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A Japan Ground Self-Defense Force soldier works security alongside U.S. Marines during a beach raid exercise in Kin, Okinawa, Feb. 9, 2020.

A Japan Ground Self-Defense Force soldier works security alongside U.S. Marines during a beach raid exercise in Kin, Okinawa, Feb. 9, 2020. (Matthew M. Burke/Stars and Stripes)

CAMP FOSTER, Okinawa – A reported plan by the Japan Ground Self-Defense Force to increase its presence on Okinawa and add weight to its leadership there is a prudent decision, according to a pair of Japanese security experts.

The Self-Defense Force plans to add another infantry regiment to the one already based at Camp Naha and put a general in charge, one step up from the current major general commanding there, according to a report Saturday by Kyodo News, which cited an unnamed government source.

A spokesman for the Ground Self-Defense Force declined comment on the Kyodo report, except to say no concrete plans are set and the force is considering “many options to strengthen the defense capabilities in the Nansei region.” The Nansei Islands, also called the Ryukyu Islands, is the chain that includes Okinawa and extends southwestward from the Japanese main islands to Taiwan.

The reported move would likely add about 900 personnel, the size of a typical regiment, to the 2,500 15th Brigade troops already stationed there, Toshiyuki Shikata, a former lieutenant general in the Ground Self-Defense Force, told Stars and Stripes by phone Tuesday.

Increasing troop strength on Okinawa would prepare the Ground Self-Defense Force for a “contingency involving Taiwan” and an increasingly assertive China, according to Kyodo.

Too few troops are positioned in the island chain, Shikata said. Waiting for a conflict to move troops from the main islands to Okinawa would be too late, he added.

“If something happens in Taiwan, Japan has to do something,” he said. “It doesn’t mean that Japan will treat China as an enemy, but geographically the Taiwan Strait is very important for Japan.”

Tokyo’s plan would effectively upgrade the brigade to division size and put its leader on par with the commander of the III Marine Expeditionary Force, currently Marine Corps Lt. Gen. James Bierman Jr., Kyodo said.

The changes will be included in defense planning documents for 2023, with preparations scheduled to begin the following year, Okinawa Times reported Sunday, citing unnamed officials.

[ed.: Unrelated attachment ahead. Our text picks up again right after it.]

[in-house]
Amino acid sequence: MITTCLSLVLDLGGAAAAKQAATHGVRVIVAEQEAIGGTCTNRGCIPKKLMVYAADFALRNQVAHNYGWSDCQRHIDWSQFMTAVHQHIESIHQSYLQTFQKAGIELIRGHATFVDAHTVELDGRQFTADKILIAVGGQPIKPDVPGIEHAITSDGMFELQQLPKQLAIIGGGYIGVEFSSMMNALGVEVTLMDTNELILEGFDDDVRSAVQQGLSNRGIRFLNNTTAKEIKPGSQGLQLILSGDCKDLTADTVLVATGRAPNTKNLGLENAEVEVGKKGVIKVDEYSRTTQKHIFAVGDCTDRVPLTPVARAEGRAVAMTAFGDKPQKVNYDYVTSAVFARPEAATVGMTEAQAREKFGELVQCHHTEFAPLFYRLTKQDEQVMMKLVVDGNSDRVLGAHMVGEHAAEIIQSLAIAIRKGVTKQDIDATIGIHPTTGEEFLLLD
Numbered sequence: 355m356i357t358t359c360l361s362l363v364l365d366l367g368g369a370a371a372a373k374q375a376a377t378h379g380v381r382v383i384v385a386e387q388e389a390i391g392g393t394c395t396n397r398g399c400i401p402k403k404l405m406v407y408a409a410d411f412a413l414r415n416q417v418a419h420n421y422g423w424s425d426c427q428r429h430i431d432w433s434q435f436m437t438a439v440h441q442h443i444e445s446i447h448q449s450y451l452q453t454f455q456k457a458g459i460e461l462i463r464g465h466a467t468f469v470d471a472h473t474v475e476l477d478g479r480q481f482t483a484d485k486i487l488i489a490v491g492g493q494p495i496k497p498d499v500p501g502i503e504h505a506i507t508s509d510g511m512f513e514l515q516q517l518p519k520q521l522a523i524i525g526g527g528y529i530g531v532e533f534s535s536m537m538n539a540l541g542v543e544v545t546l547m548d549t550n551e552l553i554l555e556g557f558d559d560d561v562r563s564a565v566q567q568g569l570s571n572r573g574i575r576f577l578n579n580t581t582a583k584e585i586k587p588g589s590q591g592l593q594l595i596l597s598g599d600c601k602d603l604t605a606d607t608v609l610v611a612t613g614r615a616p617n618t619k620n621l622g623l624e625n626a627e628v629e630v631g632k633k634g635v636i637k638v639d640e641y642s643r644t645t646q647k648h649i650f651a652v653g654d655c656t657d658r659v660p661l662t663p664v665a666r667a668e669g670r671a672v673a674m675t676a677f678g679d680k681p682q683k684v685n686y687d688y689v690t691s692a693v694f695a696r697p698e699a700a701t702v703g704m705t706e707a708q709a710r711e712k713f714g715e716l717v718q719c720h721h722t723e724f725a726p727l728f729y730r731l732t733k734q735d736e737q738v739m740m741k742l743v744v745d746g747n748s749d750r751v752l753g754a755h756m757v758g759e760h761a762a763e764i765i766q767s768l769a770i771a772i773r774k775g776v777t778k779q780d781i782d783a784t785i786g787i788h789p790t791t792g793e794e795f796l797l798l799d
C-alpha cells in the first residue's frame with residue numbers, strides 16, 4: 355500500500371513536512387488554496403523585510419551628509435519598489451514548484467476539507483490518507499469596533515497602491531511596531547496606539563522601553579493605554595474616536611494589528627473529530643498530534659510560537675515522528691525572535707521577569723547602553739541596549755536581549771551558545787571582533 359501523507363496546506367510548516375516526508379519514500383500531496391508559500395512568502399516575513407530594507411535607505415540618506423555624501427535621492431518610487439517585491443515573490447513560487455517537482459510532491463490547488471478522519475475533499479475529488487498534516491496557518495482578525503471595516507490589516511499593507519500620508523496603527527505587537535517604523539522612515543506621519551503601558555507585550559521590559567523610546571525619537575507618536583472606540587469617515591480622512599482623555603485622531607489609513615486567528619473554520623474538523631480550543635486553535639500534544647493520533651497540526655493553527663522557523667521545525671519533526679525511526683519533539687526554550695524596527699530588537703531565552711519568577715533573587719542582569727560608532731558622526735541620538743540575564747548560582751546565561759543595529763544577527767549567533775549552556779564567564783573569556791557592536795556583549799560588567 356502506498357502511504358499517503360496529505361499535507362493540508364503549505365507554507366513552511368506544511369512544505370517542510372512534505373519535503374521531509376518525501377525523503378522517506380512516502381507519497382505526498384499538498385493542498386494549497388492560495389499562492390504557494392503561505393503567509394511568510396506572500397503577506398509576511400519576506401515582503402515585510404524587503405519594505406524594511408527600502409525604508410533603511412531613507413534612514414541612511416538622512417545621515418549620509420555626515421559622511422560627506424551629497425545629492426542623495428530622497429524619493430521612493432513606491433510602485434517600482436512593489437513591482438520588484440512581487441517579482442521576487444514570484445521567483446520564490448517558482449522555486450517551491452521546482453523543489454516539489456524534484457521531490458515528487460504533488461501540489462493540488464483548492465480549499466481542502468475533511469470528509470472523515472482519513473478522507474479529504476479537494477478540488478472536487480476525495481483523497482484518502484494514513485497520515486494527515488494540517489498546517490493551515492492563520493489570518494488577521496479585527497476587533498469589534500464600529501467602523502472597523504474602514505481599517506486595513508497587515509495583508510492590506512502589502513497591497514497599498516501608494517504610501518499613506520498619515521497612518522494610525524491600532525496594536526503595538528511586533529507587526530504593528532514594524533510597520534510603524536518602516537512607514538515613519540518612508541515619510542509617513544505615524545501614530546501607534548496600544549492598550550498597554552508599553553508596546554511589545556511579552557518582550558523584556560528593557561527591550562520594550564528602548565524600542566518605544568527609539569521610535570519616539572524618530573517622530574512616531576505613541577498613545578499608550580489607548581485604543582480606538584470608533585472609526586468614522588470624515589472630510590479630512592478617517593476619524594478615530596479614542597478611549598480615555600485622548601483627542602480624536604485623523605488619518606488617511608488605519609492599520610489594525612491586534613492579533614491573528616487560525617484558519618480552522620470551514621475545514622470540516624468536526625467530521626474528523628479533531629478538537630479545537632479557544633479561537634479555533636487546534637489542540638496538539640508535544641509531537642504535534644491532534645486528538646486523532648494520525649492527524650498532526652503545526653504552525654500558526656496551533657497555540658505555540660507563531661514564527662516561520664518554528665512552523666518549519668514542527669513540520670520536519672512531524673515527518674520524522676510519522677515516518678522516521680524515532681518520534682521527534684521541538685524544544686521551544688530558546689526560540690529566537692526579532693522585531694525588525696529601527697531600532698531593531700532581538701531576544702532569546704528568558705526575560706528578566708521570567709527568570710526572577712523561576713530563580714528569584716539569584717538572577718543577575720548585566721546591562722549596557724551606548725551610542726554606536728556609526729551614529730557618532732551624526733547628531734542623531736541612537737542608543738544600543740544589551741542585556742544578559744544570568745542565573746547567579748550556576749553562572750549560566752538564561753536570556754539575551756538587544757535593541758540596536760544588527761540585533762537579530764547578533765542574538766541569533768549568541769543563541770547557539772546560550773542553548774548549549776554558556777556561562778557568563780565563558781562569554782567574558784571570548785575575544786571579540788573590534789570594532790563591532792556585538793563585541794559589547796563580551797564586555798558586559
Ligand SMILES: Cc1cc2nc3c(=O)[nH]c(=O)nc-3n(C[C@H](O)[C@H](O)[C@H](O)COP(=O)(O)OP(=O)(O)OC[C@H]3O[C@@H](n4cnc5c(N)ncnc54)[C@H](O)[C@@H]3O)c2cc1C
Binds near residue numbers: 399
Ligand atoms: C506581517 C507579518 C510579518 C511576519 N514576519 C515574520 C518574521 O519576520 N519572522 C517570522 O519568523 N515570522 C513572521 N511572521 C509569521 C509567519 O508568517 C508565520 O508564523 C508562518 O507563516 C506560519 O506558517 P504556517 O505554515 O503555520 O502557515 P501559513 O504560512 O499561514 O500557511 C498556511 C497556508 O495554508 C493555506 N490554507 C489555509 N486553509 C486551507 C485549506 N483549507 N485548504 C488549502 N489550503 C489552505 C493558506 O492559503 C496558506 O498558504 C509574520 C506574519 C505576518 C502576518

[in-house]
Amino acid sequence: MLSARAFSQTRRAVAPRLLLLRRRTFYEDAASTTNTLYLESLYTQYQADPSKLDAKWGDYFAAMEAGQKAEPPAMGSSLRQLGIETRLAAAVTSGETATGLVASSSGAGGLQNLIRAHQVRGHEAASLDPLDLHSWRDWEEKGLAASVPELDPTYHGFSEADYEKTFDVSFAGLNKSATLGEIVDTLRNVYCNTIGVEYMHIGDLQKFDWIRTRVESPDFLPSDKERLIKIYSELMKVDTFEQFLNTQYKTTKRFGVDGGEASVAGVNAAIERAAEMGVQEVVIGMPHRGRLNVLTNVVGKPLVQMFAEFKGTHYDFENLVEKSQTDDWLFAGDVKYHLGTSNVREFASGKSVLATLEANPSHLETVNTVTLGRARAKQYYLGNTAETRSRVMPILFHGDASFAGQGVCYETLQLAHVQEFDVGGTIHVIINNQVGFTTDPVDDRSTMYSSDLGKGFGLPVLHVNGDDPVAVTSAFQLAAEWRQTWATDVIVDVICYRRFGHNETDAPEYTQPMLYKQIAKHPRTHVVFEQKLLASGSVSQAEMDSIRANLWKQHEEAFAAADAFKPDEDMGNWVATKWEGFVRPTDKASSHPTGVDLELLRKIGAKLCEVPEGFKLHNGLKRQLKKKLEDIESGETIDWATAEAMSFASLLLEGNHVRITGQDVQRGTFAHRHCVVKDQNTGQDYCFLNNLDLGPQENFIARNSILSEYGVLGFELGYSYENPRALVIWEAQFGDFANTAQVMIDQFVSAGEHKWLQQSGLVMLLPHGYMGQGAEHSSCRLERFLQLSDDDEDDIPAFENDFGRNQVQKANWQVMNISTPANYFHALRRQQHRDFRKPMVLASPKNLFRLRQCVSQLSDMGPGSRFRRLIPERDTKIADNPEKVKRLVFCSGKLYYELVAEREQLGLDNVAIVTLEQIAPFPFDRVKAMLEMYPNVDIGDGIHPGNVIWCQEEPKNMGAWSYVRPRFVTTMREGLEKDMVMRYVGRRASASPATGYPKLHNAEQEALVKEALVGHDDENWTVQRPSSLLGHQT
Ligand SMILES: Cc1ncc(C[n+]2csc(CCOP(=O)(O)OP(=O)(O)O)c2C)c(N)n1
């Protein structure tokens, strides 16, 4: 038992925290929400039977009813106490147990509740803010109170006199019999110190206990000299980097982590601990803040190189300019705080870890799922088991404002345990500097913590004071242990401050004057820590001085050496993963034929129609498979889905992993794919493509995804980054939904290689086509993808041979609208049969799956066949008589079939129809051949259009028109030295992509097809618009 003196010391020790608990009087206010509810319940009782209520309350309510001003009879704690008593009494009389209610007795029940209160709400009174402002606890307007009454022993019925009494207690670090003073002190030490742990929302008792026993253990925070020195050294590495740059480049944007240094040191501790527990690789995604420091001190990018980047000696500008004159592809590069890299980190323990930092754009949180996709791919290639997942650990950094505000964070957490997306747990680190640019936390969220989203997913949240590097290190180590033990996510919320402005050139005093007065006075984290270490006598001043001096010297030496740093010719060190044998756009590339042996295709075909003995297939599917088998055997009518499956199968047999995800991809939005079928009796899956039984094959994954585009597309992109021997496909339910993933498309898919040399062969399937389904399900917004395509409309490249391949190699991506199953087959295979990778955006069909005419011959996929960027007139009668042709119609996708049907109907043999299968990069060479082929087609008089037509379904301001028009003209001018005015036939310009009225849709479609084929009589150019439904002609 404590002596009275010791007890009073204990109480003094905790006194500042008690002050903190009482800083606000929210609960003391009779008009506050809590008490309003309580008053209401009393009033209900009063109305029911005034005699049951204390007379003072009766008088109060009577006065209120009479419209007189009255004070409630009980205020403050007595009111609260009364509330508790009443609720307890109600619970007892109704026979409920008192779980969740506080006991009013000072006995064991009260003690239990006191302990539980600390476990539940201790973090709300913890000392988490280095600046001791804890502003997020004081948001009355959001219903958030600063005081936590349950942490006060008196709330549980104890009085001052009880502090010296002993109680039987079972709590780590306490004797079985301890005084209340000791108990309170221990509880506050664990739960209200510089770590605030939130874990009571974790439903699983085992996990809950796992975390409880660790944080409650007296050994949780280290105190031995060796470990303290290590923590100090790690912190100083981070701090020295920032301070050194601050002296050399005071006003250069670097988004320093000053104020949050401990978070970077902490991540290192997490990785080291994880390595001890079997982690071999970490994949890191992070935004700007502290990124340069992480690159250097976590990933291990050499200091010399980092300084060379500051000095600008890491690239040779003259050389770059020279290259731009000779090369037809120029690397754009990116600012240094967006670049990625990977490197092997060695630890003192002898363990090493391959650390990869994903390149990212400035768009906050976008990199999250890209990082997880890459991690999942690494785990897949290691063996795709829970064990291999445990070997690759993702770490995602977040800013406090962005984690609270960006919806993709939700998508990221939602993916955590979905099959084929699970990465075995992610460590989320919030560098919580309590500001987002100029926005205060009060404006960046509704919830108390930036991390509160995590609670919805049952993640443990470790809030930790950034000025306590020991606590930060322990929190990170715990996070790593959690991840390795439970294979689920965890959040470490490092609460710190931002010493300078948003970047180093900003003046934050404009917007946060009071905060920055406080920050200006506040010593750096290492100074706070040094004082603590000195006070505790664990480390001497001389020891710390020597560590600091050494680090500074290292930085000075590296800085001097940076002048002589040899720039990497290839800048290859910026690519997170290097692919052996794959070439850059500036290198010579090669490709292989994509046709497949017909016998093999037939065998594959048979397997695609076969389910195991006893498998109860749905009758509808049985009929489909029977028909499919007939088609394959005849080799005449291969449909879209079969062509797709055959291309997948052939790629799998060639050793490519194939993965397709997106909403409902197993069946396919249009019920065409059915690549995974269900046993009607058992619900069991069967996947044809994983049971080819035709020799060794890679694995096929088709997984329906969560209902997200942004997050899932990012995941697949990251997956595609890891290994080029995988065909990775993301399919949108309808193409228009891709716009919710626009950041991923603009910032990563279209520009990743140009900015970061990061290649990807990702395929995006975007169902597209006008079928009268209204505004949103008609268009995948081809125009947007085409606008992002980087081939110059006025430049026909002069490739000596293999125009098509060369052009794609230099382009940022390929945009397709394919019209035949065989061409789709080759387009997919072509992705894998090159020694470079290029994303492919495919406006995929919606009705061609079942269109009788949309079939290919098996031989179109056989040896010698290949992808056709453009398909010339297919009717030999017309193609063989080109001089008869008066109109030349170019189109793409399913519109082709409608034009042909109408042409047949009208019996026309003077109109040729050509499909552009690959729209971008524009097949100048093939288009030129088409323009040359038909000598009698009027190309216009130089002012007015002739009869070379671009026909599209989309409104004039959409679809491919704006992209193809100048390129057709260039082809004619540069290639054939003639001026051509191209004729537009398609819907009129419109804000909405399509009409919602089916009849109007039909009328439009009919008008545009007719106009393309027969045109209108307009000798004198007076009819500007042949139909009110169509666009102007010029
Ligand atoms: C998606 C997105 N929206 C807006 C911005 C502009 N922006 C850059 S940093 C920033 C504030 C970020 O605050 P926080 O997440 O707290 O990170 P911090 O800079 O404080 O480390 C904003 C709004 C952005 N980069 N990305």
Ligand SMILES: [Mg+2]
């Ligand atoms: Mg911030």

Junjiro Shida, an associate professor of international politics at Meio University on Okinawa, agreed with Shikata.

“It is necessary to strengthen the forces of Japan independently,” he told Stars and Stripes by phone Tuesday. “We are at risk of a Taiwan issue and if it happens, the most affected area will be Okinawa and the Nansei Islands.”

Takashi Kishimoto, a deputy secretary-general of the Okinawa Peace Activity Center, disagreed.

“With this move, the government is assuming that Okinawa will be a battlefield again,” he told Stars and Stripes by phone Tuesday. “If a U.S.-China war regarding Taiwan starts, we will be involved.”

Nobody has the will to stop “this military expansion,” according to Kishimoto.

“We don’t want the government to expand the forces, we want them to solve problems peacefully through diplomacy,” he said.

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Keishi Koja is an Okinawa-based reporter/translator who joined Stars and Stripes in August 2022. He studied International Communication at the University of Okinawa and previously worked in education.
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Matthew M. Burke has been reporting from Okinawa for Stars and Stripes since 2014. The Massachusetts native and UMass Amherst alumnus previously covered Sasebo Naval Base and Marine Corps Air Station Iwakuni, Japan, for the newspaper. His work has also appeared in the Boston Globe, Cape Cod Times and other publications.

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